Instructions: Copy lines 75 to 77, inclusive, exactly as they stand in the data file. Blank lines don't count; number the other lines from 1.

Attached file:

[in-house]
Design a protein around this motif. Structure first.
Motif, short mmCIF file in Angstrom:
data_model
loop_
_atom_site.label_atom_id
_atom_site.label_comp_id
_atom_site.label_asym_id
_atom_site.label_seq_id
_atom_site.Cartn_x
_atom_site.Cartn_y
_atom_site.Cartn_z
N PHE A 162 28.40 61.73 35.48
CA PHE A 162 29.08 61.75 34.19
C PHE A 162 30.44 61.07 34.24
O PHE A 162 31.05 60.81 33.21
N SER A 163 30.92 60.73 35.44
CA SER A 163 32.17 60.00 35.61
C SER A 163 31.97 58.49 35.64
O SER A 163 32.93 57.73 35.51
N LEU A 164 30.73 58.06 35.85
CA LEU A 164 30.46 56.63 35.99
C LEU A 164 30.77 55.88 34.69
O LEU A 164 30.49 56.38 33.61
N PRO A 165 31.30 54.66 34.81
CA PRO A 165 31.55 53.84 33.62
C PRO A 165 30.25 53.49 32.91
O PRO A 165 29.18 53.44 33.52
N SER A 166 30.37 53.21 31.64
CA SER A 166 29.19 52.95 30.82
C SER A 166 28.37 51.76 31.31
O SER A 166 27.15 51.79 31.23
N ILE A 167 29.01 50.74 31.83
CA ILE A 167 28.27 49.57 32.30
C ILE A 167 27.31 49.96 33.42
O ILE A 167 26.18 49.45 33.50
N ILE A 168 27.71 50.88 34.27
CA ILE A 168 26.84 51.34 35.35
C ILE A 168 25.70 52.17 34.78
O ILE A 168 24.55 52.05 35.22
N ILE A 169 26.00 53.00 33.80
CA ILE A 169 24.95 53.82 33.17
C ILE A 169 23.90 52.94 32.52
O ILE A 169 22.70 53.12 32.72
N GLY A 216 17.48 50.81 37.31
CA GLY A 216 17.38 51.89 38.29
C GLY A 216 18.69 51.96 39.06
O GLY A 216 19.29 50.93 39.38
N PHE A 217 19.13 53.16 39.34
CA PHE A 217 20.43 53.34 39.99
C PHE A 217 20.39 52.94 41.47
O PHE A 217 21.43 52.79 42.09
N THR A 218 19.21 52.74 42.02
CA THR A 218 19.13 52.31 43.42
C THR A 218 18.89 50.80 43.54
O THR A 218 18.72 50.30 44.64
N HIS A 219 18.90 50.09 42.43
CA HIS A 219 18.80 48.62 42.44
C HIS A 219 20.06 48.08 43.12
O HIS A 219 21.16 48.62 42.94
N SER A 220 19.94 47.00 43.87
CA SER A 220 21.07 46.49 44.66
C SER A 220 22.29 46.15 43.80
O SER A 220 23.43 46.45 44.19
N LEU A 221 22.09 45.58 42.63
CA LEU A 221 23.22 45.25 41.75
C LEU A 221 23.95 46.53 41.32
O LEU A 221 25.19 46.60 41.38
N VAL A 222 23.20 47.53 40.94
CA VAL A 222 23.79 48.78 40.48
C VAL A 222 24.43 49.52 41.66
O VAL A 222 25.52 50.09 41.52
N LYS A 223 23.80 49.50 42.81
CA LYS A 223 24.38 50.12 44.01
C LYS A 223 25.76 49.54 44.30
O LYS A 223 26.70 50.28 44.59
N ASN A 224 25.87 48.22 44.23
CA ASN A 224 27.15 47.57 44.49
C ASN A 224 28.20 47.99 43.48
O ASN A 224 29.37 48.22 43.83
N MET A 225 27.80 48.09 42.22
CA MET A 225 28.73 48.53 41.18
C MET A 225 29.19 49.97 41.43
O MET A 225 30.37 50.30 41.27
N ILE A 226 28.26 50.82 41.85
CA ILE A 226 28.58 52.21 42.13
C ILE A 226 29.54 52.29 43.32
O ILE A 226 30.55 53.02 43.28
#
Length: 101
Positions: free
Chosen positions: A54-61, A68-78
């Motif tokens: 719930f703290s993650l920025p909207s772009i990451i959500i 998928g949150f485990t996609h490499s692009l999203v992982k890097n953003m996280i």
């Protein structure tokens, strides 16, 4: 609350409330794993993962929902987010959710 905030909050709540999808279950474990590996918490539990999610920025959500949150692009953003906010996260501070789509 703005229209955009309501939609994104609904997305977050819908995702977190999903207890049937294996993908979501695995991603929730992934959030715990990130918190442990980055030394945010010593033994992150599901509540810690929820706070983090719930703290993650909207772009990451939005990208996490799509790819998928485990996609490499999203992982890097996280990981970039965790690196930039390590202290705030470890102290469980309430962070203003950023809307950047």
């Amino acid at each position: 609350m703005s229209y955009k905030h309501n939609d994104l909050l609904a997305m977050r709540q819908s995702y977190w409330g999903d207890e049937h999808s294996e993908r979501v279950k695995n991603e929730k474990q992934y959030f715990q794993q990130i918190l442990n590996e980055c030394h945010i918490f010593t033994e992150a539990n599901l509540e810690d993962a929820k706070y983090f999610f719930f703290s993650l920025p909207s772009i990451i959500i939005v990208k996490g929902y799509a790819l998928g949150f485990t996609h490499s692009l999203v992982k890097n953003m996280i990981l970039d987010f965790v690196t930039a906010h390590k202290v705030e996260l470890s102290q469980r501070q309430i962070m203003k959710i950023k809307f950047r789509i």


C LYS A 223 25.76 49.54 44.30
O LYS A 223 26.70 50.28 44.59
N ASN A 224 25.87 48.22 44.23